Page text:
ASSISI, Italy – Though no one’s done the math, it’s possible the central Italian region of Umbria has produced more Catholic saints per capita than anywhere else. Something about the rolling hills, mountains and streams here seems to inspire mystics and seekers; as Italian poet Vittorino Andreoli put it, in Umbria, “Places are built to be part of a city of heaven, not an angle of the earth.”
From St. Francis and St. Clare of Assisi to St. Benedict of Norcia, the roll call of Umbrian halos is legend. Saintliness even seems to run in the family – St. Cesidius, a third century martyr along with his companions Placidus and Eutichius, was also the son of St. Rufinus, the first bishop of Assisi and the city’s original patron saint.
The latest entry into this fellowship of faith is Carlo Acutis, set to be beatified in Assisi on Oct. 10, after Pope Francis in February approved a report of a 2013 miracle attributed to Acutis involving healing a young boy in Brazil from a rare form of pancreatic cancer. Acutis died from an aggressive form of leukemia in 2006, and his beatification process began in 2013.
Though Acutis isn’t actually from Umbria – he was born to Italian parents in London in 1991, and spent most of his life in Milan – his family visited Assisi for a stretch each year around Easter, it was Carlo’s favorite place, and where it’s where he asked to be buried.
Acutis is known for his mastery of computer technology, spending his spare time designing an online exhibition about Eucharistic miracles around the world that’s still making the rounds. He’s being presented as a role model for youth, a “saint of the ordinary,” and also a possible patron saint for IT workers.
His remains are preserved in Assisi’s Santuario della Spogliazione, literally the “sanctuary of taking off clothes,” marking the spot where St. Francis in the early 13th century stripped naked to renounce his worldly heritage and begin anew. In advance of the beatification, Acutis’s body has been brought up from the crypt and is currently on display in a glass case in a side chapel.
Archbishop Domenico Sorrentino of Assisi – also a transplant to Umbria, as Sorrentino originally hails from Naples – is happy to claim Acutis as one of their own.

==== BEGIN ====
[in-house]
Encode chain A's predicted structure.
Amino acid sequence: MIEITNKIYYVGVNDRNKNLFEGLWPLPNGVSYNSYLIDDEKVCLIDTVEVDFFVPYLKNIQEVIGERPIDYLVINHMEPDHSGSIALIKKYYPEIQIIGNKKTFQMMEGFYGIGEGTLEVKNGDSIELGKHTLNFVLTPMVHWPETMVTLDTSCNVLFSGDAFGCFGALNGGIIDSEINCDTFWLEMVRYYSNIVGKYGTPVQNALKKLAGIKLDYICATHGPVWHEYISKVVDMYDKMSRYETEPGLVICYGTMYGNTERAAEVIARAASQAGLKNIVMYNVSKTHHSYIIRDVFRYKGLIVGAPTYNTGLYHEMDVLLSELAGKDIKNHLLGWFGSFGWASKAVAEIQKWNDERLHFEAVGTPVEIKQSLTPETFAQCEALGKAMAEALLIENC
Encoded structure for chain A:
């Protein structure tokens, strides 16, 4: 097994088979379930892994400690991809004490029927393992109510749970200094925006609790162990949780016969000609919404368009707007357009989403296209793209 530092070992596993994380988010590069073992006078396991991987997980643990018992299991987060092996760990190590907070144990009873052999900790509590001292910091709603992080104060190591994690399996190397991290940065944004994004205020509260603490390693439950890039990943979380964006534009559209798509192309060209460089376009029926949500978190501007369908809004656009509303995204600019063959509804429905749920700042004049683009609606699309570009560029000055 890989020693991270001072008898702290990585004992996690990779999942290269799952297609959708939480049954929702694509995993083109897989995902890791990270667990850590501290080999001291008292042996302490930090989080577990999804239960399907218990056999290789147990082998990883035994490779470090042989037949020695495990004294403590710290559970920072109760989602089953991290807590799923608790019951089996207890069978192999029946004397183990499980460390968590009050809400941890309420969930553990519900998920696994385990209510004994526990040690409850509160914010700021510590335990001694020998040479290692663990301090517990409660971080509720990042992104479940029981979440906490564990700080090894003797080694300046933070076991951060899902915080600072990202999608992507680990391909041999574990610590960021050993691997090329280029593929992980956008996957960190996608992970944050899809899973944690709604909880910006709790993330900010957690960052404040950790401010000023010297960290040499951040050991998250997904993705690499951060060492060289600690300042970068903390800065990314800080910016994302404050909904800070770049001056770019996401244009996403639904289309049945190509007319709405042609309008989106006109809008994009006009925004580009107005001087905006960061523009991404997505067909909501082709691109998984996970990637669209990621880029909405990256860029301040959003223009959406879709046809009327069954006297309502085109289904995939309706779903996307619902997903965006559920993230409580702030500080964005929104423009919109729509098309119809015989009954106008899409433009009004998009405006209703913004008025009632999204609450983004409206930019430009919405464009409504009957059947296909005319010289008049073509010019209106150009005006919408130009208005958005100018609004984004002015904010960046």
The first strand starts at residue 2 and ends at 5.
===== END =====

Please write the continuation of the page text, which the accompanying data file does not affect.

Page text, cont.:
“Many people here remember him,” Sorrentino told Crux Oct. 5. “They tell me, ‘Ah, I remember Carlo when he came in my shop,’ or ‘I remember Carlo when he used to walk this way with his dogs.’”
“I think it’s a special grace for this city,” he said, speaking from the archbishop’s residence next to the sanctuary.
Sorrentino has been in Assisi for 15 years now, meaning he’s seen countless pilgrims drawn by the great saints come and go. He said he’s noticed something striking: They’re all inspired by those figures, but they rarely imitate them.
“Many people come for St. Francis and St. Clare, saints of eight centuries ago. Many people admire them, and many things are done in the names of both,” he said. “But sometimes they come here and only admire them.”
“Now we can give them someone close to our time and say, ‘You can go this way,’” Sorrentino said. “I hope this will be a great message for everybody, not just young people but especially young people.”
Sorrentino has written a short book about the points of contact between St. Francis of Assisi and Acutis titled Originals, Not Photocopies, a reference to one of Acutis’s favorite sayings: “Everyone is born original, but too many die as photocopies.”
(Befitting a saint of the digital age, Acutis had a flair for memorable phrases of less than 280 characters: The Eucharist as a “highway to heaven,” for example, and “not me but God,” which is a rhyme in Italian: Non io, ma Dio.)
Among other things, Sorrentino stresses that while Acutis strove for holiness, he was hardly perfect. He records some of the disciplinary notes in the future saint’s middle school record: “Acutis disturbs the class and doesn’t have his homework” … “Acutis clowns around.” All that places the new blessed squarely within everybody’s frame of reference, Sorrentino said.